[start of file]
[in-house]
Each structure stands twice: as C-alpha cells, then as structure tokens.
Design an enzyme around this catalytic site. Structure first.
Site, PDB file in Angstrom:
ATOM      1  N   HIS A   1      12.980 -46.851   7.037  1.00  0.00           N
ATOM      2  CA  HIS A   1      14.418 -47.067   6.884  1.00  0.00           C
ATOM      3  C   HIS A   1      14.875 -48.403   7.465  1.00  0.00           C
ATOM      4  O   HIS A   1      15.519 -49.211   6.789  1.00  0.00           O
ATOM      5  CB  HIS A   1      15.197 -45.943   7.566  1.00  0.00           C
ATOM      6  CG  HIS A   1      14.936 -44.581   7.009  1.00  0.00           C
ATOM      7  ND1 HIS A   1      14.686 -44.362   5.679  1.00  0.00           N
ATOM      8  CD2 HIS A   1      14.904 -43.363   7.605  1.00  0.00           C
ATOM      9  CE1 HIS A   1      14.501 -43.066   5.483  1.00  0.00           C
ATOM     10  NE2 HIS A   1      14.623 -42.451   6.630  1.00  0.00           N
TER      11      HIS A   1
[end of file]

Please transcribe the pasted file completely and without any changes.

[in-house]
Each structure stands twice: as C-alpha cells, then as structure tokens.
Design an enzyme around this catalytic site. Structure first.
Site, PDB file in Angstrom:
ATOM      1  N   HIS A   1      12.980 -46.851   7.037  1.00  0.00           N
ATOM      2  CA  HIS A   1      14.418 -47.067   6.884  1.00  0.00           C
ATOM      3  C   HIS A   1      14.875 -48.403   7.465  1.00  0.00           C
ATOM      4  O   HIS A   1      15.519 -49.211   6.789  1.00  0.00           O
ATOM      5  CB  HIS A   1      15.197 -45.943   7.566  1.00  0.00           C
ATOM      6  CG  HIS A   1      14.936 -44.581   7.009  1.00  0.00           C
ATOM      7  ND1 HIS A   1      14.686 -44.362   5.679  1.00  0.00           N
ATOM      8  CD2 HIS A   1      14.904 -43.363   7.605  1.00  0.00           C
ATOM      9  CE1 HIS A   1      14.501 -43.066   5.483  1.00  0.00           C
ATOM     10  NE2 HIS A   1      14.623 -42.451   6.630  1.00  0.00           N
TER      11      HIS A   1